UC Davis community focuses on food insecurity, food sustainability
From animal science to viticulture, UC Davis is home to a wide variety of research subjects. Among these fields of study is the groundwork involving food sustainability. Food insecurity, a condition in which people are unable to provide nutritional food for themselves, is prevalent in society and in the UC Davis campus community.
“We have lots of [food insecurity] issues in the United States and globally,” said Daniel Sumner, professor in the National and International Agricultural Economics and Policy Department and director of the UC Agricultural Issues Center. “Lots of my research […] is focused on world food as an issue of sustainability.”
Though many students may not realize it, food insecurity is a common problem for many people, including UC Davis students. According to Mikael Villalobos, director of the Campus Community Book Project, many UC students face issues regarding access to nutritional food.
“I think all of us can connect to [food issues] in that we are aware that there are folks that are directly impacted by food insecurity,” Villalobos said. “What are we doing as a campus community to address that as a community issue?”
What students and faculty are doing, in fact, is more than one may realize.
A variety of UC Davis professors, students and staff continue to collaborate on developing programs and research projects to aid food insecurity on local, national and global levels. Paul Gepts, professor in the Department of Plant Sciences, studies different varieties of crops to find food that is both nutritious and affordable.
“It’s a basic need to have food security so that people have enough to eat and also to derive adequate income,” Gepts said. “To [some], it’s World Food Day every day.”
World Food Day, celebrated on Oct. 16, is a day to commemorate and bring awareness to the movement to end world hunger. In contribution to these efforts, Gepts’ research in California focuses on varieties of beans that are able to adapt to high temperatures while requiring less water, while Sumner’s work was able to bring together specialists in various scientific fields to discuss nutritional standards in 2015.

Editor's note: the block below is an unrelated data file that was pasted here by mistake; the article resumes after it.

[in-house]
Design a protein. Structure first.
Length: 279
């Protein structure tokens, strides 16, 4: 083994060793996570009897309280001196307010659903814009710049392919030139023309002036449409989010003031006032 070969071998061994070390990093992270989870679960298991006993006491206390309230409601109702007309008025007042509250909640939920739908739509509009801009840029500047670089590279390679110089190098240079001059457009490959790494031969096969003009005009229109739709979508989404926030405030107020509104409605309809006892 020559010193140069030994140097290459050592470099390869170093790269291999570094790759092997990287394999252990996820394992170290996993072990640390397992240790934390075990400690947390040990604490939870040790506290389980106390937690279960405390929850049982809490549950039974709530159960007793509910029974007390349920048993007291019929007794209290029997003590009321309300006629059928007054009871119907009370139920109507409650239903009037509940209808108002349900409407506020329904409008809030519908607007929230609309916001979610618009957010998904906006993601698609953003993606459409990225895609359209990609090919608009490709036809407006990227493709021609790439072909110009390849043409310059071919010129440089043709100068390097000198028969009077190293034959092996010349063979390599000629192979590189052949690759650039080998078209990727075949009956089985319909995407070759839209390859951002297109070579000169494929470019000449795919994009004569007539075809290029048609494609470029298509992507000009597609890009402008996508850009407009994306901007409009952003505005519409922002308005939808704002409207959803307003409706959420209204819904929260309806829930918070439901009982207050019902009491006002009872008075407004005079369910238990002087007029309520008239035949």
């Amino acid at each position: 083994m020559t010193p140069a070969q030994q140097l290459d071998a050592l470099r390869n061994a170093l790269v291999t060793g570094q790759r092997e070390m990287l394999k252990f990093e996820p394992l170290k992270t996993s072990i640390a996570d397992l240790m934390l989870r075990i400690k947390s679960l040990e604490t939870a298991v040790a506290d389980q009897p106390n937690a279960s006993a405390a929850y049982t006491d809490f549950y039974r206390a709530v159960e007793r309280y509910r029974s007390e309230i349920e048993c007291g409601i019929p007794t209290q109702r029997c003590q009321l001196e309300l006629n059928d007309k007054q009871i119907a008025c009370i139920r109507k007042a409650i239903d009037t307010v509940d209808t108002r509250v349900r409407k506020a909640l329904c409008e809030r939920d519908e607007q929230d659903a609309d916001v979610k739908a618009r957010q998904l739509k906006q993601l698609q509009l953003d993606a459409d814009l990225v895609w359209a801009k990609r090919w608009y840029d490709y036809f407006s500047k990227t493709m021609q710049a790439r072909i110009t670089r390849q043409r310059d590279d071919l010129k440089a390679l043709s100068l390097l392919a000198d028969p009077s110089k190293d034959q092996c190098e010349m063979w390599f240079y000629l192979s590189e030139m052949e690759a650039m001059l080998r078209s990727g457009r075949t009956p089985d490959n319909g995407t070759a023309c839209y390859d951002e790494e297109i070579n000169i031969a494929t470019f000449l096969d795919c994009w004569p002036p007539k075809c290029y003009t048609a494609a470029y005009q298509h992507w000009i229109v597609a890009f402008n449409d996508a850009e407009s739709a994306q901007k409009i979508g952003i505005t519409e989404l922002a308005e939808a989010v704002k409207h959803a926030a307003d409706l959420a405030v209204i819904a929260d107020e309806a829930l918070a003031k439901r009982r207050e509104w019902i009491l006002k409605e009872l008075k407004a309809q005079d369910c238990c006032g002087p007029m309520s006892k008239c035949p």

“Really what I find fascinating about UC Davis is working with the best scientists in the world,” Sumner said. “They’re thinking of ways to get more food from the things we have.”
As an economist, Sumner works with plant pathologists and breeders to solve problems regarding waste reduction and post harvests.
“For many of the poor people of the world, basic grains — wheat or rice — are the staple foods,” Sumner said. “When there is less grain in the world, prices tend to spike and the rest of us have a terrible time. People die.”
In his individual work, Sumner concentrates on the study of food economics, which involves the choices that people make in regards to food access. For example, according to Sumner, many families across the globe will choose to starve in order to feed the strongest man in the family.
As Gepts and Sumner conducted their research, the UC Davis Campus Community Book Project was initiated in 2001 as a way for the campus community to connect on different topics of diversity and inclusion. Each year, a selection committee chooses a book for the project from nominations by members of the community.
This year, the chosen book was Stuffed and Starved: the Hidden Battle for the World Food System by Raj Patel, bringing the researchers’ work back to Davis.
“[Patel] speaks about […] how the world food crisis has connections to health issues — for example, obesity,” Villalobos said. “[He also covers] the role of corporations, and in this particular case, the monopoly that food corporations have with regard to […] addressing food insecurity.”
Once Stuffed and Starved was chosen, a program-planning committee put together a sequence of book-related events including talks, tours and first-year seminars as a way to spread awareness of the ideas that the book focuses on. This year, a distinguished speakers series at the Mondavi Center on Mar. 13 will feature Patel, who will discuss his book and its worldwide implications.
Other events put on by the Campus Community Book Project committee are even more relevant to UC Davis’ efforts in food security. The committee supports the Edible Campus Project, which uses campus space to build gardens that grow sustainable agriculture. There are also campus tours that showcase the student farms.
“The role of a research institution is addressing that worldwide issue of food insecurity,” Villalobos said. “[We are] looking at ways that we address poverty at a local and global level.”
Despite the challenges that UC Davis researchers, programs and committees face in looking for solutions to food insecurity, the members of the food sustainability community still believe in growth.
“[This issue] does take serious research and analysis,” Sumner said. “But we’ve been making progress for decades, and we can make a lot more.”
Written by: Allyson Tsuji – email@example.com